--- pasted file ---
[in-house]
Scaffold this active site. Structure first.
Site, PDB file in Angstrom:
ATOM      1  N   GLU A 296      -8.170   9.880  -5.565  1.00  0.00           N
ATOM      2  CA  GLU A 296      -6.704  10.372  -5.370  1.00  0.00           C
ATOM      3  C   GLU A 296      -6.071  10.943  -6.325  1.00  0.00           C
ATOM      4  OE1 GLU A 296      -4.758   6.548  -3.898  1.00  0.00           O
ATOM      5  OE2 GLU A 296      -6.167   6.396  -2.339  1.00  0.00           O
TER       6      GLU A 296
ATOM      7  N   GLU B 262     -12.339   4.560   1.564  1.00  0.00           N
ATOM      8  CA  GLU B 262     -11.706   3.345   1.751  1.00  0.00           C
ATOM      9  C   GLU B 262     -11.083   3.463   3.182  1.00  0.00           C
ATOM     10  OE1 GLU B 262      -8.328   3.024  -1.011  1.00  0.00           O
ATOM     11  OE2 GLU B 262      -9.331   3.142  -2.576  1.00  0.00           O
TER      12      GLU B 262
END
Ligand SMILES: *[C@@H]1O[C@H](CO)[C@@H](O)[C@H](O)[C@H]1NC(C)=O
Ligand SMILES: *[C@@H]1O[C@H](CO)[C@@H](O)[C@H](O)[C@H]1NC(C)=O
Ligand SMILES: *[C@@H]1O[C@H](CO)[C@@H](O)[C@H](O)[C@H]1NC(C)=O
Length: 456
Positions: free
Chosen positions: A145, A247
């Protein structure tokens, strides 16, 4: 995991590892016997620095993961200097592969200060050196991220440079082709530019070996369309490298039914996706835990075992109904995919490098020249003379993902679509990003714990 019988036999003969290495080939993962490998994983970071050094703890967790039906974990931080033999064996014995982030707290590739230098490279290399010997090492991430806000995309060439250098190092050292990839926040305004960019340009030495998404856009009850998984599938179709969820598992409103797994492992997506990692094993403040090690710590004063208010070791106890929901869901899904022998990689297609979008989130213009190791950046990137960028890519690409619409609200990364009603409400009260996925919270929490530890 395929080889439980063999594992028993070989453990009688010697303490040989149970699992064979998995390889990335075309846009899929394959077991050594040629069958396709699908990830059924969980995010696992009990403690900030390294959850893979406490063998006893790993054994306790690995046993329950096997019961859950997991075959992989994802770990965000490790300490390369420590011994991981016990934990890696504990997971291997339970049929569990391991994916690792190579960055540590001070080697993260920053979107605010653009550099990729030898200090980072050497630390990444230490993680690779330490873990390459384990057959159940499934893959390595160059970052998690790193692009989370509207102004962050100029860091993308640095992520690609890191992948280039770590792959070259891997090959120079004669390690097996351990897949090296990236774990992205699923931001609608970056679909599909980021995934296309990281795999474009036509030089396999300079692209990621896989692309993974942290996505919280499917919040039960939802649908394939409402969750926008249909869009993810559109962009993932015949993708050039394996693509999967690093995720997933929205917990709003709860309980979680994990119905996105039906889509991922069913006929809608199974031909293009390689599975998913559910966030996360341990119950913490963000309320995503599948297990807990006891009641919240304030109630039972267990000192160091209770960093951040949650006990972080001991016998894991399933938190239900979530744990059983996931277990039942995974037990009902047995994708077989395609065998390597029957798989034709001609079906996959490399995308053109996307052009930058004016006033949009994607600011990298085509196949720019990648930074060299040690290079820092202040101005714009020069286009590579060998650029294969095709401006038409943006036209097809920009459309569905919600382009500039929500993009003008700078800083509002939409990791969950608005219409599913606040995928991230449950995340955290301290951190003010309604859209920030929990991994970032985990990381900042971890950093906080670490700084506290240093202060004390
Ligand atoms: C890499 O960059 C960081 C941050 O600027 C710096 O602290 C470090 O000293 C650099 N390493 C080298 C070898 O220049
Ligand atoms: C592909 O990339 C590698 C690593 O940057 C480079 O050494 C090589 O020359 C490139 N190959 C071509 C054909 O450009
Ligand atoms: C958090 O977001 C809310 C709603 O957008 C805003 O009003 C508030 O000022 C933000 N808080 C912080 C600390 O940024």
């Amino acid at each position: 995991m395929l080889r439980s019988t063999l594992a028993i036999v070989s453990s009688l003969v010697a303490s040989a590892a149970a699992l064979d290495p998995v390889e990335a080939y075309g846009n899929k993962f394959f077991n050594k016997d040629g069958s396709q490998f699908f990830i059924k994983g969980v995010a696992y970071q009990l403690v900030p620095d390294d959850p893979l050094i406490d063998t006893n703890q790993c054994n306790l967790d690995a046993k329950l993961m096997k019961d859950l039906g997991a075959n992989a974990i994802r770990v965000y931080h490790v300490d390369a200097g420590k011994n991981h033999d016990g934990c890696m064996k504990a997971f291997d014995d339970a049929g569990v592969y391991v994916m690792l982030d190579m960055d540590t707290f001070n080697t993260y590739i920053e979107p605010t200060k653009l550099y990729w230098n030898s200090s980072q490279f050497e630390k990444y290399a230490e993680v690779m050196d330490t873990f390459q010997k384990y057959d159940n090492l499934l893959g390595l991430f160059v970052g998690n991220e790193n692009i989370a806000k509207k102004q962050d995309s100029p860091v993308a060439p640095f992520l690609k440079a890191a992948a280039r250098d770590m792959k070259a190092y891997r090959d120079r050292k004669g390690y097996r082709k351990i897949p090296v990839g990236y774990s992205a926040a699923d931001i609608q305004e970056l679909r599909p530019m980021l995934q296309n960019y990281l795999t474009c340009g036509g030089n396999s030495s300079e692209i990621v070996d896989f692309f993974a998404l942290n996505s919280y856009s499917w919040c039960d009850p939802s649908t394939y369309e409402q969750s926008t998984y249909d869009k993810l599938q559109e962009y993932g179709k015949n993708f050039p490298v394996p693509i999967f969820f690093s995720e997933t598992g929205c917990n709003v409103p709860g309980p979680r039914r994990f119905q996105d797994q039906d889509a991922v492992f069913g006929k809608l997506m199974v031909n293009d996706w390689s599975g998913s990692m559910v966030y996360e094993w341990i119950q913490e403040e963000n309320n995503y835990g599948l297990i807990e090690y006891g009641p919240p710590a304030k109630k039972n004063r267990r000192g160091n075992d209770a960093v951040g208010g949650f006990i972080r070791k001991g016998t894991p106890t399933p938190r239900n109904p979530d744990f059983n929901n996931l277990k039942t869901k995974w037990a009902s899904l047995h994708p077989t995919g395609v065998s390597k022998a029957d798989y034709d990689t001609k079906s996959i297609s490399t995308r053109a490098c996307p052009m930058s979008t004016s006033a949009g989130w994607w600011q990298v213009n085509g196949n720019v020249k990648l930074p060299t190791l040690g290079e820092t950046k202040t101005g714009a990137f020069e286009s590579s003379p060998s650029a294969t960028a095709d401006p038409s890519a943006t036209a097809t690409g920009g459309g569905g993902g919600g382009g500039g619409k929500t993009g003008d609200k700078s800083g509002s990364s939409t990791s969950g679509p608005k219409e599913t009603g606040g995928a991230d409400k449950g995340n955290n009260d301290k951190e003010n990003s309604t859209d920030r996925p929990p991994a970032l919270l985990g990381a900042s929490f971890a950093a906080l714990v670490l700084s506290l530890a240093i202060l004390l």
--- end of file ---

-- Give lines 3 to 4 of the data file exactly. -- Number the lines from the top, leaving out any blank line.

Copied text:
Site, PDB file in Angstrom:
ATOM      1  N   GLU A 296      -8.170   9.880  -5.565  1.00  0.00           N